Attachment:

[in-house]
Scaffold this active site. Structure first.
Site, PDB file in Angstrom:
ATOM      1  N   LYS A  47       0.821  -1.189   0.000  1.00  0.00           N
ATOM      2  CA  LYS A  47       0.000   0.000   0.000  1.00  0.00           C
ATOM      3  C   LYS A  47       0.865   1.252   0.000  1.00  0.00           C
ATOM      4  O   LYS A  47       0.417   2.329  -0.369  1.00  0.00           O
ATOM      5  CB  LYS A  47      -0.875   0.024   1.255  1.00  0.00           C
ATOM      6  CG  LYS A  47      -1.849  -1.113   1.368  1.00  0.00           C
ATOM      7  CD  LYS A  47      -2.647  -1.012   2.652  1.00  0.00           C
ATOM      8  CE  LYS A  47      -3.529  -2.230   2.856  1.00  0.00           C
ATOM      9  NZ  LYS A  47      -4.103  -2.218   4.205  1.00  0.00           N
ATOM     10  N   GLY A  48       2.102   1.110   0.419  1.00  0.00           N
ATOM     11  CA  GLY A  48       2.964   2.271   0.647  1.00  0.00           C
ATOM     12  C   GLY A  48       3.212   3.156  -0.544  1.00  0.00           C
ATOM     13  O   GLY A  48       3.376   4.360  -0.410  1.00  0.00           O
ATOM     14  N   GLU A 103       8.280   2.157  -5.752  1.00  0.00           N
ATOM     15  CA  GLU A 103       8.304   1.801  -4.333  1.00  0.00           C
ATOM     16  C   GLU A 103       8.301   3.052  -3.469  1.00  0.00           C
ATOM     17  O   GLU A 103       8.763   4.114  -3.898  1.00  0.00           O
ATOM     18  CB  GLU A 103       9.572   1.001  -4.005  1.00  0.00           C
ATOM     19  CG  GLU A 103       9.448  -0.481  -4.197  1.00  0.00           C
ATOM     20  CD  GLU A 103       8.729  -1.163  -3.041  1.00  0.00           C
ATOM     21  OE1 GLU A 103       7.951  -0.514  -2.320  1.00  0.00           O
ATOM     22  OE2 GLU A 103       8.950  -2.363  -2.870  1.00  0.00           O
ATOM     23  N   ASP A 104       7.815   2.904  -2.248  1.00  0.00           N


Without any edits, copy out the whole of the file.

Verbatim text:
[in-house]
Scaffold this active site. Structure first.
Site, PDB file in Angstrom:
ATOM      1  N   LYS A  47       0.821  -1.189   0.000  1.00  0.00           N
ATOM      2  CA  LYS A  47       0.000   0.000   0.000  1.00  0.00           C
ATOM      3  C   LYS A  47       0.865   1.252   0.000  1.00  0.00           C
ATOM      4  O   LYS A  47       0.417   2.329  -0.369  1.00  0.00           O
ATOM      5  CB  LYS A  47      -0.875   0.024   1.255  1.00  0.00           C
ATOM      6  CG  LYS A  47      -1.849  -1.113   1.368  1.00  0.00           C
ATOM      7  CD  LYS A  47      -2.647  -1.012   2.652  1.00  0.00           C
ATOM      8  CE  LYS A  47      -3.529  -2.230   2.856  1.00  0.00           C
ATOM      9  NZ  LYS A  47      -4.103  -2.218   4.205  1.00  0.00           N
ATOM     10  N   GLY A  48       2.102   1.110   0.419  1.00  0.00           N
ATOM     11  CA  GLY A  48       2.964   2.271   0.647  1.00  0.00           C
ATOM     12  C   GLY A  48       3.212   3.156  -0.544  1.00  0.00           C
ATOM     13  O   GLY A  48       3.376   4.360  -0.410  1.00  0.00           O
ATOM     14  N   GLU A 103       8.280   2.157  -5.752  1.00  0.00           N
ATOM     15  CA  GLU A 103       8.304   1.801  -4.333  1.00  0.00           C
ATOM     16  C   GLU A 103       8.301   3.052  -3.469  1.00  0.00           C
ATOM     17  O   GLU A 103       8.763   4.114  -3.898  1.00  0.00           O
ATOM     18  CB  GLU A 103       9.572   1.001  -4.005  1.00  0.00           C
ATOM     19  CG  GLU A 103       9.448  -0.481  -4.197  1.00  0.00           C
ATOM     20  CD  GLU A 103       8.729  -1.163  -3.041  1.00  0.00           C
ATOM     21  OE1 GLU A 103       7.951  -0.514  -2.320  1.00  0.00           O
ATOM     22  OE2 GLU A 103       8.950  -2.363  -2.870  1.00  0.00           O
ATOM     23  N   ASP A 104       7.815   2.904  -2.248  1.00  0.00           N